A leading Christian think tank released The Shifting Landscape of Faith in Canada November 23. The 61-page Cardus report, written by Ray Pennings and Jenisa Los, builds on research carried out with the Angus Reid Institute since 2017.
A release from Cardus stated:
Religion holds an increasingly delicate place in Canadian society according to The Shifting Landscape of Faith in Canada, a new report from think tank Cardus. The report compiles data from nine representative surveys of the Canadian population, creating one of the most comprehensive looks at religion in Canada.
The findings suggest:
- Upwards of 60 percent of all Canadians say God and religion should be completely out of public life.
- Non-religious Canadians tend to view all faith groups as damaging to Canadian society.
- Canadians under age 40 are more positive about faith groups’ contributions to public life than their older counterparts, except for the contributions of Roman Catholic and Evangelical Christians.
“Canadians are seeing an increasingly negative association with faith, which suggests that faith communities aren’t telling their story well,” says Ray Pennings, executive vice president of Cardus and a report co-author.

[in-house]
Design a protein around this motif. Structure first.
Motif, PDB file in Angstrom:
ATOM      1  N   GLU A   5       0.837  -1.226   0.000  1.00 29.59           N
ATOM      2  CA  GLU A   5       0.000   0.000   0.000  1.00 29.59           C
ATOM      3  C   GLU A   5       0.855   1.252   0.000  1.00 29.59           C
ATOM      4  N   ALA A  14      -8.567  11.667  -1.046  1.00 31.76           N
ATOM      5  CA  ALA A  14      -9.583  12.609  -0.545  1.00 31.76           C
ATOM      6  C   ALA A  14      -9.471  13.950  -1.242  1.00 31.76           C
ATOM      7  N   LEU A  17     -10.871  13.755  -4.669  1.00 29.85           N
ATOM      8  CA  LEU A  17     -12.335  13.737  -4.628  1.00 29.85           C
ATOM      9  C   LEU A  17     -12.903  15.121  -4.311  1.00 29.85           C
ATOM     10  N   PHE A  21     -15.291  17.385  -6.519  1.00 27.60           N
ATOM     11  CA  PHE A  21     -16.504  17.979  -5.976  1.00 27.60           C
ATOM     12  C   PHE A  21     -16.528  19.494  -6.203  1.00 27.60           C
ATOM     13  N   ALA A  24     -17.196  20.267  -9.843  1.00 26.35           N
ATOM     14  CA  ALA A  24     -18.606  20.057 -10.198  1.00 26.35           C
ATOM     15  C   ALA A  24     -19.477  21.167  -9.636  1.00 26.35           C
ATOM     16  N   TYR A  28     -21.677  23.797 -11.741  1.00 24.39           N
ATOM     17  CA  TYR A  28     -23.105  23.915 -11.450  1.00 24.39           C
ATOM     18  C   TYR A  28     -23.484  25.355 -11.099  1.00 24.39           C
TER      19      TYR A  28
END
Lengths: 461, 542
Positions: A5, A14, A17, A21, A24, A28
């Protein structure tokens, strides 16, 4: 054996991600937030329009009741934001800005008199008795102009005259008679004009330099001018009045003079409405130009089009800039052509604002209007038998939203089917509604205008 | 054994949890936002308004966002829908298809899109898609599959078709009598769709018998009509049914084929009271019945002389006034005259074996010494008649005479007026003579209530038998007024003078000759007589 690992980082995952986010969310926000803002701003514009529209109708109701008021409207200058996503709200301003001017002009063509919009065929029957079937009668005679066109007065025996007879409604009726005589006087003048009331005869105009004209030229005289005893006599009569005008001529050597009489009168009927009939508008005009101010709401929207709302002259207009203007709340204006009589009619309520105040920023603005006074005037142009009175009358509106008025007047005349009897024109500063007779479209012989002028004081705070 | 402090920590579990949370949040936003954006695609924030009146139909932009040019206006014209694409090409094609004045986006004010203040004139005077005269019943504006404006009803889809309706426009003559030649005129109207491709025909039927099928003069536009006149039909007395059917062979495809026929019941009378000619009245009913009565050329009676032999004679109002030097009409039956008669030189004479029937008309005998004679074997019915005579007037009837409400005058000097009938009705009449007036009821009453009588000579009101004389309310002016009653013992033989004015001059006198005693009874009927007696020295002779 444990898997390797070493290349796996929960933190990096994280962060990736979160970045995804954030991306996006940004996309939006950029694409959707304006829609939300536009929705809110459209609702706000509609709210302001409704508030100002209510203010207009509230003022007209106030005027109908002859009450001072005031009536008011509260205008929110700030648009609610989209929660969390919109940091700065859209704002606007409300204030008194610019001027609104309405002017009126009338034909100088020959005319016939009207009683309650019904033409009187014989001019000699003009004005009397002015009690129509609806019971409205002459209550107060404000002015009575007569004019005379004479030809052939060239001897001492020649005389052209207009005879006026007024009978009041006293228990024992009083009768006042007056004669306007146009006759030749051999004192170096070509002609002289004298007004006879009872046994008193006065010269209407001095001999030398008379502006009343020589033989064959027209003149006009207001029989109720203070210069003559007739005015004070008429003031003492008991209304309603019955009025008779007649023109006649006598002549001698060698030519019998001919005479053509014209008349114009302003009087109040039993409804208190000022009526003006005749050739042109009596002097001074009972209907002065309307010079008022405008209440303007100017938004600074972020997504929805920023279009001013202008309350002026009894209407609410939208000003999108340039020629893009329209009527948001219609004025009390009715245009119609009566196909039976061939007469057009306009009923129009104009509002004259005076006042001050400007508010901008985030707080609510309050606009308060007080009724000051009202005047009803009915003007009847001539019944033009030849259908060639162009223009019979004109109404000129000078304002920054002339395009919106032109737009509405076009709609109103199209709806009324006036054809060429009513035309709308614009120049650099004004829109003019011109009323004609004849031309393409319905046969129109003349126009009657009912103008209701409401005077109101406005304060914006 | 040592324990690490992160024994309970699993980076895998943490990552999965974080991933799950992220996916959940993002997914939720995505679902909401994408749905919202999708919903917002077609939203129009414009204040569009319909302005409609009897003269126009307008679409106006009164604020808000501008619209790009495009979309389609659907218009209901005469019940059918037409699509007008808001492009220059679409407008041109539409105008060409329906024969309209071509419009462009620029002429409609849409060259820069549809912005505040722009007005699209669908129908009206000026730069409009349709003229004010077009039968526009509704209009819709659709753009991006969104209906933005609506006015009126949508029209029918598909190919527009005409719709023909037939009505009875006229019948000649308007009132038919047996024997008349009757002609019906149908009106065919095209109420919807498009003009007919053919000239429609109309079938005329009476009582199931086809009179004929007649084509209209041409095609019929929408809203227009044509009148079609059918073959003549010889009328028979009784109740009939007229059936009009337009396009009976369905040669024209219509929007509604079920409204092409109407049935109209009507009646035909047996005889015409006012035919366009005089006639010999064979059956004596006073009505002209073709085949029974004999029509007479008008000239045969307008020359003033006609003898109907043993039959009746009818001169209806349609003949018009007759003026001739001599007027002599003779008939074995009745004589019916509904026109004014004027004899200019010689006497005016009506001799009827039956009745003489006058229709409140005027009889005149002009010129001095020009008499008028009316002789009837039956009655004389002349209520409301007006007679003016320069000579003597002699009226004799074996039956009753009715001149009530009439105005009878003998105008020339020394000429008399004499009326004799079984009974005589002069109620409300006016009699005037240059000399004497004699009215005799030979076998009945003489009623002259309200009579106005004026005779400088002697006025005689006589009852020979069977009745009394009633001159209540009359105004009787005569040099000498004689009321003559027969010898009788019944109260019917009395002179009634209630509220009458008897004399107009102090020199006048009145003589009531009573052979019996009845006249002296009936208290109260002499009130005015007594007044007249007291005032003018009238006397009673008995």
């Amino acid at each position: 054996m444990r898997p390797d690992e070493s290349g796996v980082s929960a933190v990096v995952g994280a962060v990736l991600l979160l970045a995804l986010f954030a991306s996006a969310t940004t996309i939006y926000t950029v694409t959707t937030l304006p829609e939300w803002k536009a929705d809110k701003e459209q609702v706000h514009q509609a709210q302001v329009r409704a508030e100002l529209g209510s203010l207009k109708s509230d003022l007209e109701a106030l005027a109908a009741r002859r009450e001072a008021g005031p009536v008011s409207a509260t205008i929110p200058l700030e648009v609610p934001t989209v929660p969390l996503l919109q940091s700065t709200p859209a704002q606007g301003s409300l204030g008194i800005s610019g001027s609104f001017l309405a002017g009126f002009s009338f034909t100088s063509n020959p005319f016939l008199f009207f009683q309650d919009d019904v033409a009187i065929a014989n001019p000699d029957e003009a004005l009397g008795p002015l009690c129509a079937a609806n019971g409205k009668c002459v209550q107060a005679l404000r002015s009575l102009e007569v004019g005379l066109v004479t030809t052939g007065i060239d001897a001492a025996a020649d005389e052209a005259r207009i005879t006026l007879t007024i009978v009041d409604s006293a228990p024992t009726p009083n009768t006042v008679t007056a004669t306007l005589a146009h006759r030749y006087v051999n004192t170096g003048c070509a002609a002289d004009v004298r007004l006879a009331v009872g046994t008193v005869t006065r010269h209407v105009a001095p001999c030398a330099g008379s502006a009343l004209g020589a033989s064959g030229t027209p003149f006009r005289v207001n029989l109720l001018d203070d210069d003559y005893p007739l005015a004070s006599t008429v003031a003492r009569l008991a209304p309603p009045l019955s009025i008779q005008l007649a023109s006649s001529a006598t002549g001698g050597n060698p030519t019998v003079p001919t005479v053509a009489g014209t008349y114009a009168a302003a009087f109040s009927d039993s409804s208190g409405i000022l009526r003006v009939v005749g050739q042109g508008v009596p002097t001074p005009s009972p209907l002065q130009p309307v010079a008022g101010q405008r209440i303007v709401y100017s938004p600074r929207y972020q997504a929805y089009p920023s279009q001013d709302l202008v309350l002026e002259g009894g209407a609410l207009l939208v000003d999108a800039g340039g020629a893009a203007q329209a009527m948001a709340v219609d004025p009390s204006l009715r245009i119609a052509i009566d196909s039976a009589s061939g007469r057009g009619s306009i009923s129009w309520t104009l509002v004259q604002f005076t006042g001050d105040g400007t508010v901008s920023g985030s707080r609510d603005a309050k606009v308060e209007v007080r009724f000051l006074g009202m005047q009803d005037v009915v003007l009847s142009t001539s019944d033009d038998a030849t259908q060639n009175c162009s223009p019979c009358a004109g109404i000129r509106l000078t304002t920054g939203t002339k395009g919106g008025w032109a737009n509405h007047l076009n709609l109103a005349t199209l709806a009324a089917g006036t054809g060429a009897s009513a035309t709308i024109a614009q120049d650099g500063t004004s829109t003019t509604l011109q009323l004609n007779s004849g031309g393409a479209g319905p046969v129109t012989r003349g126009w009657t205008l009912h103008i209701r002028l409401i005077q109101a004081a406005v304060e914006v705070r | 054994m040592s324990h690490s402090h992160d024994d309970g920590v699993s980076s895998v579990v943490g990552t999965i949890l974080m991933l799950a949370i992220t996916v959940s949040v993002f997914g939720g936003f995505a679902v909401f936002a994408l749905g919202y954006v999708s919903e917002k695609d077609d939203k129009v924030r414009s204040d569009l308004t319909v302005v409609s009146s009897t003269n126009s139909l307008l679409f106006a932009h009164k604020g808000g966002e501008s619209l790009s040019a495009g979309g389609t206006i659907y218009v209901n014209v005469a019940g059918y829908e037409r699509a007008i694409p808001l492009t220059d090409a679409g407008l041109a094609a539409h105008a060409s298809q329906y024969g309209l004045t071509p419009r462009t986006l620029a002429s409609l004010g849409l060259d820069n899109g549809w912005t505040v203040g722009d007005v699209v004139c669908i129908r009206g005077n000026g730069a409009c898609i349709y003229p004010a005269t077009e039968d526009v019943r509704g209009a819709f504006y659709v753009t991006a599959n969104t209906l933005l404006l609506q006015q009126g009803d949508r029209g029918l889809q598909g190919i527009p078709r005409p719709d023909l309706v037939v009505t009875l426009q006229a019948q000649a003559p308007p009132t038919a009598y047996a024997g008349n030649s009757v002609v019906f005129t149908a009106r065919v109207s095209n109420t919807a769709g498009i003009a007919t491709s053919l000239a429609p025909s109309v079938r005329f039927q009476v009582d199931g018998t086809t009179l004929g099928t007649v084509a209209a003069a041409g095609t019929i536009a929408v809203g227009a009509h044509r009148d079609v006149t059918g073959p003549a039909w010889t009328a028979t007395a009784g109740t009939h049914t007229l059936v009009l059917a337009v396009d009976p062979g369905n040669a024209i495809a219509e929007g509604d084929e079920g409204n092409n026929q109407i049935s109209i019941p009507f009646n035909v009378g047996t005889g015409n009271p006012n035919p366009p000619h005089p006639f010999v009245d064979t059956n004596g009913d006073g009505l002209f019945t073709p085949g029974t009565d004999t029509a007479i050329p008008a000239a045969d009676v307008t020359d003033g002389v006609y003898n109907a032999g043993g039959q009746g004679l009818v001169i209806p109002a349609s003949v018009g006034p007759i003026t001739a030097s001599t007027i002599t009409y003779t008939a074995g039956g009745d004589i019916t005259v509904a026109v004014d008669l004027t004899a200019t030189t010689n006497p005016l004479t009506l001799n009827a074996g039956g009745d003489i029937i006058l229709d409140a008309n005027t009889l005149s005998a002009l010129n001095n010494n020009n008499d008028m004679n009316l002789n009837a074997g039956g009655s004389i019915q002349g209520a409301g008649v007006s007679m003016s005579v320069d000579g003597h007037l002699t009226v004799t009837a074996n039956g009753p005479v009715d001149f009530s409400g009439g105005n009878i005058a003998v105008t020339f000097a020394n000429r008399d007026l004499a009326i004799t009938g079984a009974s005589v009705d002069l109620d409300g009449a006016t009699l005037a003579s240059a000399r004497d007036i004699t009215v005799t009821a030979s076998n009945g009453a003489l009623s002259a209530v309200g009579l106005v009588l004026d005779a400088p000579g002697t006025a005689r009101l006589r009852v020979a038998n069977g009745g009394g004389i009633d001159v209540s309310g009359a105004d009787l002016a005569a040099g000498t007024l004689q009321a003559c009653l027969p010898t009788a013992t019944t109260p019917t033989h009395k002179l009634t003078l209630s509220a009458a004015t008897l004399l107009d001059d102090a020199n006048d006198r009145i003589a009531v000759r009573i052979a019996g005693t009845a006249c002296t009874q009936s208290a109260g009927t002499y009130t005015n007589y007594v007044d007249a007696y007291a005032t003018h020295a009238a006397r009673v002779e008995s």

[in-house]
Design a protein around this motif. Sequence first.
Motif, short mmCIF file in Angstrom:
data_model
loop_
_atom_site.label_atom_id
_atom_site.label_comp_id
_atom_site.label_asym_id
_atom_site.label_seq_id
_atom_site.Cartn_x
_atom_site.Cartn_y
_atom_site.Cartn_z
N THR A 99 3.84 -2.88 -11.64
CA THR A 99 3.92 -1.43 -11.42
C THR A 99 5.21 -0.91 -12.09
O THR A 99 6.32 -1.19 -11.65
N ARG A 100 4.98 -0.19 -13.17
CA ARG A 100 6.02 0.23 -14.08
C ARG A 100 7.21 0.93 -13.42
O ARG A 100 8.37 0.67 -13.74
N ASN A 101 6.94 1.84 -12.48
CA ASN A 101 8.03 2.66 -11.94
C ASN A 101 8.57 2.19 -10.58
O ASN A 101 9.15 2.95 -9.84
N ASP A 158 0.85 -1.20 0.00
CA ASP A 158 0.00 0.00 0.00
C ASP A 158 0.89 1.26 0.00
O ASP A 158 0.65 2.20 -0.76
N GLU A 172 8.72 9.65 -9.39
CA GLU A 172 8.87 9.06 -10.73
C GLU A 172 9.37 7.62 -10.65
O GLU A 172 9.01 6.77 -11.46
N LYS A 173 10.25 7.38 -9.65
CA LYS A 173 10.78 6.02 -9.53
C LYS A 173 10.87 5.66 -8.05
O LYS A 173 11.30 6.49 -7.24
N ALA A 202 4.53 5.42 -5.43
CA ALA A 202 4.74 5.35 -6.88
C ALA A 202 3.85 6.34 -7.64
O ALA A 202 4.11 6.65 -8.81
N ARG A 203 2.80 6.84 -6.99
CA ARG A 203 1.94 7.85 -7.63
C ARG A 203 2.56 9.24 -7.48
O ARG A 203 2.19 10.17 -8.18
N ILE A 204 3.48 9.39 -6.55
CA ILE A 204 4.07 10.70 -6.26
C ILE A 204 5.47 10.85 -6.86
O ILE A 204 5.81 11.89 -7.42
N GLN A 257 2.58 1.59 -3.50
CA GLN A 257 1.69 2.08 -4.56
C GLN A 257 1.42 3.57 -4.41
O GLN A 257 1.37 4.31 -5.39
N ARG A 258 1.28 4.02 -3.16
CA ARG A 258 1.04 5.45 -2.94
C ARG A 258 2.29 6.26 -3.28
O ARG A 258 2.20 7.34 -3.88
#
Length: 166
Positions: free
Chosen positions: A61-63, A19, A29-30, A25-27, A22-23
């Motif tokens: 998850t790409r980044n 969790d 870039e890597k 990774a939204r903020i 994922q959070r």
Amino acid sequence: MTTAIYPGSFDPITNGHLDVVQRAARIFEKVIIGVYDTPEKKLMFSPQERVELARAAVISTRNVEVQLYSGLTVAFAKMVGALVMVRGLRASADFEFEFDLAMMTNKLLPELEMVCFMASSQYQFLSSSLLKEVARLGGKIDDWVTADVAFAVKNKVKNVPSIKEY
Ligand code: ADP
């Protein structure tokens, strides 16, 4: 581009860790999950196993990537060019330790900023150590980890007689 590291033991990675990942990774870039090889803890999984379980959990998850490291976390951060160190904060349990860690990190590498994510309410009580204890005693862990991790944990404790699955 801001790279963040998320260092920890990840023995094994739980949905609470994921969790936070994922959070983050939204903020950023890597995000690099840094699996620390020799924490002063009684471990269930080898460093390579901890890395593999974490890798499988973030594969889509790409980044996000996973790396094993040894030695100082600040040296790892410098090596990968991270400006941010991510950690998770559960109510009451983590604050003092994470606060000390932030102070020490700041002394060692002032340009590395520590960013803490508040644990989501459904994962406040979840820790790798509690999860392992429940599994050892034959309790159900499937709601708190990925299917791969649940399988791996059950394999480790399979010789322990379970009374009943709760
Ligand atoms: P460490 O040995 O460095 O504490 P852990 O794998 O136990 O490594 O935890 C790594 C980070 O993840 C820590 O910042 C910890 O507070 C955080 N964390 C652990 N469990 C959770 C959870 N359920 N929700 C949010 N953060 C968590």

“Religious communities need to find ways to communicate their faith in ways secular Canadians can understand, emphasizing their positive contributions to Canadian society in deeds as much as in words.”
The findings also suggest there is some appetite for spiritual matters among secular Canadians:
- Almost half of Canadians are spiritually uncertain – not religiously observant, but open to a reality beyond the physical world.
- Canadians who’ve joined a new faith are more likely to have been raised in no religious tradition than in a religious one.
Following is the Introduction to the study.
In 2022, Canadians’ relationship to faith, spirituality and organized religion cannot be described as a linear path but rather is better categorized as a journey of faith that is continually shifting over time.